Libraries around the world are facing similar challenges – how to ensure their services and staff provide relevant services in the digital age.
At the State Library of South Australia librarians and large-scale projection artists are collaborating on a project to illuminate stories from their bequest collections on the exterior walls of the building.
The project, known as the Story Wall, is the first permanent projection art installation curated by a library in Australia. The librarians have embraced their new roles as digital storytellers, working with the artists to curate the exhibition. The librarians not only undertook the initial research required in pulling together the stories from the collection, but recorded many of the narratives that can heard from the street. Their knowledge of and insights on the collections were critical in the collaboration, according to lead projection artist and founder of Illuminart Cindi Drennan:
"Through our conversations with the Library we were aware of things like The Treasures Wall and SA Memory and different exhibitions they had presented over time, and potential collection items that could be developed further, things like early colonial toys and donated car tyres from the Adelaide Grand Prix.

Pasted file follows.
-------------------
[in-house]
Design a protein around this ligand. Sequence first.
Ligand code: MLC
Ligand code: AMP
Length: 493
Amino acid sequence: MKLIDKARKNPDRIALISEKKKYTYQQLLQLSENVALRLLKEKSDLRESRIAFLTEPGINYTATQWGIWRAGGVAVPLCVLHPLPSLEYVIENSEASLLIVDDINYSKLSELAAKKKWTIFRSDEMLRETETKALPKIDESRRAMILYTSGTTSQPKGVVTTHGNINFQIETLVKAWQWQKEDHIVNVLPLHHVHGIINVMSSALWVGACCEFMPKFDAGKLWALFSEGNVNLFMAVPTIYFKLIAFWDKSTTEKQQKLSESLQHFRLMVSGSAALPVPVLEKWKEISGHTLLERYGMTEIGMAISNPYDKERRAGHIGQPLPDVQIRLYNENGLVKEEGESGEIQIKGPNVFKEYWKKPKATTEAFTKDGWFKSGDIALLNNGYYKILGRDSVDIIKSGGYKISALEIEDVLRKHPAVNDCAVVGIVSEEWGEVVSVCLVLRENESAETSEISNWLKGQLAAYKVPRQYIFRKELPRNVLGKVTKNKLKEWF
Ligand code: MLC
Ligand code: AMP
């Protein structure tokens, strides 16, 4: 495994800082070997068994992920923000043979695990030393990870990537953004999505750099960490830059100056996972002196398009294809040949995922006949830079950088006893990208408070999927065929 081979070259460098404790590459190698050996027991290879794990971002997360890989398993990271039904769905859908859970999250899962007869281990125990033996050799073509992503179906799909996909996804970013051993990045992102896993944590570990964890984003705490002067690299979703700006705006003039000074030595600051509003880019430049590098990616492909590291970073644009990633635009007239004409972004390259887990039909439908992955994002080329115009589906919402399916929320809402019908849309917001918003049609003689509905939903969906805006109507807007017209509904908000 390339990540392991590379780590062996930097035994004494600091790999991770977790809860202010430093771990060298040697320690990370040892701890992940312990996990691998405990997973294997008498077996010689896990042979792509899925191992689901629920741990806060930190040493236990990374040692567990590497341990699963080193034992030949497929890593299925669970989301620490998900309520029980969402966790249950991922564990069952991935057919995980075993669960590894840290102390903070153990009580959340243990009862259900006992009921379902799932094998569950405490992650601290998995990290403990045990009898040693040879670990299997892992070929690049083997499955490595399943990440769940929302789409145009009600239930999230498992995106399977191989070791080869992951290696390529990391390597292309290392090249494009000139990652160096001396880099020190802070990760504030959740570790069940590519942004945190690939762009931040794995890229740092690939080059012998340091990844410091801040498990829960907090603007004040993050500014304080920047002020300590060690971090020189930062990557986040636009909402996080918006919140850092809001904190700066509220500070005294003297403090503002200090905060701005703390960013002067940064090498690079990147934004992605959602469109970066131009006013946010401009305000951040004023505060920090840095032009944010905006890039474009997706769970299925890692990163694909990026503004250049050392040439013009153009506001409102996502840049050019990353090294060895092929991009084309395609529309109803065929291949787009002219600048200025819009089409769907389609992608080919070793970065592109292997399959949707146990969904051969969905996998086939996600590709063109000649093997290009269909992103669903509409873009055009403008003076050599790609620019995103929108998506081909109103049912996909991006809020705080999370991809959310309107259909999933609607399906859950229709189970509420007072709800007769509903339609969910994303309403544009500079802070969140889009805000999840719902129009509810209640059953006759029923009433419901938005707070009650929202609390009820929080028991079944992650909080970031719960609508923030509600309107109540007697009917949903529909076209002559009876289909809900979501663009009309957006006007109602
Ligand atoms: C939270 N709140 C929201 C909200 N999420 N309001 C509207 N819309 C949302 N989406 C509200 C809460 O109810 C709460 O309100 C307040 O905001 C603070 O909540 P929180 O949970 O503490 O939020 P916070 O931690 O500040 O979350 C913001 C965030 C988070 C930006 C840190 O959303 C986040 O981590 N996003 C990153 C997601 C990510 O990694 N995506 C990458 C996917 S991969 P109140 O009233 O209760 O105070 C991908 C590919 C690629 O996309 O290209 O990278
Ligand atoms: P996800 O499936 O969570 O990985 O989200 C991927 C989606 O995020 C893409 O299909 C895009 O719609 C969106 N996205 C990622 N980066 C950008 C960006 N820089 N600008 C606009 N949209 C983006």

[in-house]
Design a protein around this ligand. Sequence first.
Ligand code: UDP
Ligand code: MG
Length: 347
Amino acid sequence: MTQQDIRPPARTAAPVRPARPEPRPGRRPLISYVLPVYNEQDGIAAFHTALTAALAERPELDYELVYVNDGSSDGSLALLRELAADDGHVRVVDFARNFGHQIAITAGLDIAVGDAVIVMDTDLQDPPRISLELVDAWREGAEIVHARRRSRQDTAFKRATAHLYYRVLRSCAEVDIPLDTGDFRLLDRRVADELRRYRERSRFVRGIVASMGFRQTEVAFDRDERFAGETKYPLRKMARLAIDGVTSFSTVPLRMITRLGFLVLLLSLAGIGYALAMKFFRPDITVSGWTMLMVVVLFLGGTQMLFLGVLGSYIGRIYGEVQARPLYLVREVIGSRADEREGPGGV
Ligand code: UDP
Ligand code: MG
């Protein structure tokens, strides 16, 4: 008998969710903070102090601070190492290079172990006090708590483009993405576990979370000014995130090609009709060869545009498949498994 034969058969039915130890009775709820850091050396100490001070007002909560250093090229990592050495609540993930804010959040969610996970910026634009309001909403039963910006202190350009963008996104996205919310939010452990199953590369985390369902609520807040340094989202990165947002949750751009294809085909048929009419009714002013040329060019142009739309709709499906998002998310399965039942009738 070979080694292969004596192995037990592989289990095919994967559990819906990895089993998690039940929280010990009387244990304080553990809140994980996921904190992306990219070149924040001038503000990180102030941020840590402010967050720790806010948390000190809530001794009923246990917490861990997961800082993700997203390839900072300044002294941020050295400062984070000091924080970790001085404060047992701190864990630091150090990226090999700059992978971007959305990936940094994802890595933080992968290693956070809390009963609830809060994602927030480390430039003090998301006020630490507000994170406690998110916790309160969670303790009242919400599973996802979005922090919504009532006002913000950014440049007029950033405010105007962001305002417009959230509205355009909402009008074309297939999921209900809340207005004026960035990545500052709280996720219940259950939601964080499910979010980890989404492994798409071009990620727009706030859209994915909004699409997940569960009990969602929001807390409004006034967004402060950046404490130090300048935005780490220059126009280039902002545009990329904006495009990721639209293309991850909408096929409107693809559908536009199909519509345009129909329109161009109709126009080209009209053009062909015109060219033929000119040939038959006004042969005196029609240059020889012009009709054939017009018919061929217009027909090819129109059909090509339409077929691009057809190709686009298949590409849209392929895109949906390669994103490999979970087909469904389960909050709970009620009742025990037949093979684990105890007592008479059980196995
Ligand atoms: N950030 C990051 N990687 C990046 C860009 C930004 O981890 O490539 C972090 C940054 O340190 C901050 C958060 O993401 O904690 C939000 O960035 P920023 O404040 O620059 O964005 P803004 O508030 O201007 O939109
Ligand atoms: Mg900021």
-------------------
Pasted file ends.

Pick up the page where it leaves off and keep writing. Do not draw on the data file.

"But of course within the Library there are curators and librarians who have a deep understanding of the collections that are not of public knowledge. And we wanted to know what their ideas were, and talk about what it was going to mean for the public to hear or have those stories told in a new form."
As a result, the projections that play on the sandstone walls of the Library from sunset to midnight throughout summer, have deep roots in South Australia's history.
In the new year, the Library is looking to go one step further in breaking down the barriers in digital literacy, integrating social media and co-creating content for the Story Wall with the help of the community to co-create stories for the wall.
According to Alan Smith, the director of the State Library of Australia:
"The technology itself is only the enabler, and when it's properly handled, it's deeply, deeply democratic. All sorts of people can create, publish, share... the role of the Library is to be a custodian of knowledge, but more importantly it is to be enablers, and to help citizens embrace digital literacy."